Amnesty International and United Nations team up to stop bloodshed in Columbus

 The Elbow staff

 The UN began deploying peacekeepers to Nationwide Arena on Monday afternoon. Image sources:  Robert Batina  &  Marie-Lan Nguyen

The UN began deploying peacekeepers to Nationwide Arena on Monday afternoon. Image sources: Robert Batina & Marie-Lan Nguyen

COLUMBUS, OH – Human rights organization Amnesty International has joined forces with the United Nations to try putting an end to the carnage in Columbus following last night's overtime loss against the Penguins.

The UN deployed 200 of an expected 1,000 peacekeepers in and around Nationwide Arena today. They will be charged with discouraging the brutal slaughter orchestrated by head coach Mike Sullivan on the unsuspecting Blue Jackets.

According to a spokesman, the decision to send ground personnel in was made towards the end of the second period in last night's game, when the victims of the attack put down their weapons in a clear surrender, only for the attacks to continue.

"Footage of the carnage in Columbus has made its way around the world, with leaders from almost every developed country decrying what has been unfolding," Amnesty International spokesman Ian Rinkler said on Monday evening. "As human beings, we cannot simply stand by and let this happen without acting."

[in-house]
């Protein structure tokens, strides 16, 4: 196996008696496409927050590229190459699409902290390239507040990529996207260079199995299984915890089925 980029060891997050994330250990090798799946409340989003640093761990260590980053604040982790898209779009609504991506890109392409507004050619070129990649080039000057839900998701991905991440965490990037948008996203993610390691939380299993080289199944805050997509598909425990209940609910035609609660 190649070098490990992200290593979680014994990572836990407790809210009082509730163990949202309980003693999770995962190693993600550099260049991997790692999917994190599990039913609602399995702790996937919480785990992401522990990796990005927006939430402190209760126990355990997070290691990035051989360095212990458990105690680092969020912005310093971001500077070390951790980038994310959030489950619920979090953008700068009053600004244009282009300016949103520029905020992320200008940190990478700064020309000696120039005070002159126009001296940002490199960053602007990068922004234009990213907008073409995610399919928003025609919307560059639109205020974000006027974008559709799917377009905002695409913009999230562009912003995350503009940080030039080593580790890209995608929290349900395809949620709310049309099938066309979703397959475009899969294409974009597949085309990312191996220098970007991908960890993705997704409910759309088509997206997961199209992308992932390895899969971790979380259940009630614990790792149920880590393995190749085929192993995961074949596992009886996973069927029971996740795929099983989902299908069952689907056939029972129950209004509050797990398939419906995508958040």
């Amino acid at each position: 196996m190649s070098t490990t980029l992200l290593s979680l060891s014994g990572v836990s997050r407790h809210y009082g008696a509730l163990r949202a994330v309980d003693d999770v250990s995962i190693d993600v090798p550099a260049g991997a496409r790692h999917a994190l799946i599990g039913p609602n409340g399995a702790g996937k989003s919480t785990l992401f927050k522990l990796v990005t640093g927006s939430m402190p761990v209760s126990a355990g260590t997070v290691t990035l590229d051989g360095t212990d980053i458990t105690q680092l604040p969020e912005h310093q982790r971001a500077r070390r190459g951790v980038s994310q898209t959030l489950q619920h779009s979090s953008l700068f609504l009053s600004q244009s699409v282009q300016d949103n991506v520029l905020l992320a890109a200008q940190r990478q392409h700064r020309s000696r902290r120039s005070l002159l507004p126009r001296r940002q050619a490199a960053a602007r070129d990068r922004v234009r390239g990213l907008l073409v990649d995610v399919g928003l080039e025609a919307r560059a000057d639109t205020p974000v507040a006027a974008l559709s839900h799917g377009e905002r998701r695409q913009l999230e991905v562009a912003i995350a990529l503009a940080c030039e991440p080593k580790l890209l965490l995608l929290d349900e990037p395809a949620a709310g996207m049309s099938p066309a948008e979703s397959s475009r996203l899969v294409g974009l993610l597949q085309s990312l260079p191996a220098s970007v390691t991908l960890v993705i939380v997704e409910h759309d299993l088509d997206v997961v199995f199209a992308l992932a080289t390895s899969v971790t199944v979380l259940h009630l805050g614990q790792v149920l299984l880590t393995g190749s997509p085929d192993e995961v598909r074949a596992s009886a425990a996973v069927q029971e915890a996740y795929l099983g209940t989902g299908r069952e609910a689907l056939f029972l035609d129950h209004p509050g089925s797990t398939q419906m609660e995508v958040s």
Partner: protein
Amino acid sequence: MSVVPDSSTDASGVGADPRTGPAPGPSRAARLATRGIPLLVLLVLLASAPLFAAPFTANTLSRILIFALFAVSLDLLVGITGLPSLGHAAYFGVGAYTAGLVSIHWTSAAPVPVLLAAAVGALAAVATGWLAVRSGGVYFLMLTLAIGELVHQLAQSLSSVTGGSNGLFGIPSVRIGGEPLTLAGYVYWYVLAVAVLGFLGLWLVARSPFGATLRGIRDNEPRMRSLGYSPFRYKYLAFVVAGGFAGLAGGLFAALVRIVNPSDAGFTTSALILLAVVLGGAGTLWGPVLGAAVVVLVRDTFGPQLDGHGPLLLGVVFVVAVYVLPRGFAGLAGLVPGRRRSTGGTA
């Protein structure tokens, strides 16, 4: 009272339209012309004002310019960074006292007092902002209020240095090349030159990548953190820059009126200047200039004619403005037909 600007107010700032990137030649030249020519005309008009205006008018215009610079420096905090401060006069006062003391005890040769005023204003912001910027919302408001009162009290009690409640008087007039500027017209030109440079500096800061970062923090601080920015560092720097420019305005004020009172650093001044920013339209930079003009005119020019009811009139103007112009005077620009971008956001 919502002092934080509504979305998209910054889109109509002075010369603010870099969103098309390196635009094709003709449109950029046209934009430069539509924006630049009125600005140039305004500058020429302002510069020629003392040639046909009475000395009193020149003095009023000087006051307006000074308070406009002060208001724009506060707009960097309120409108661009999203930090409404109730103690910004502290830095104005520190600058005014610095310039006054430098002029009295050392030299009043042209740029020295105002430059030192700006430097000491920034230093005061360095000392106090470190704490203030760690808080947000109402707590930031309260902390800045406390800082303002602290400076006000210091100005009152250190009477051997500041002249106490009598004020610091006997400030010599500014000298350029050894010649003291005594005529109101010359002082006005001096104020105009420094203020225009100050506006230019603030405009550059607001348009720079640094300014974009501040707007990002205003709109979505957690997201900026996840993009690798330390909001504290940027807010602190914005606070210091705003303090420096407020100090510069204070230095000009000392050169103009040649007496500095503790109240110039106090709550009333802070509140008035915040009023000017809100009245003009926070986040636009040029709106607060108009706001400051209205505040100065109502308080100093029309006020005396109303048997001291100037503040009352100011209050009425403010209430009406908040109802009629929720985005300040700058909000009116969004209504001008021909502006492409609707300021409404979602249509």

"We hereby ask all major news organizations in North America to heavily sensor any footage that they show. We also urge parents to limit their children's exposure to news in any form."

Peacekeepers have barricaded all entrances to the arena in the hopes that they can stop Sullivan's men from setting up their attacks tomorrow night. According to news sources on the ground, a small group of rebel police officers are fighting to keep all roads and entryways open.

The Red Cross is calling for all people in the area who have been unaffected by the bloodshed to donate immediately.

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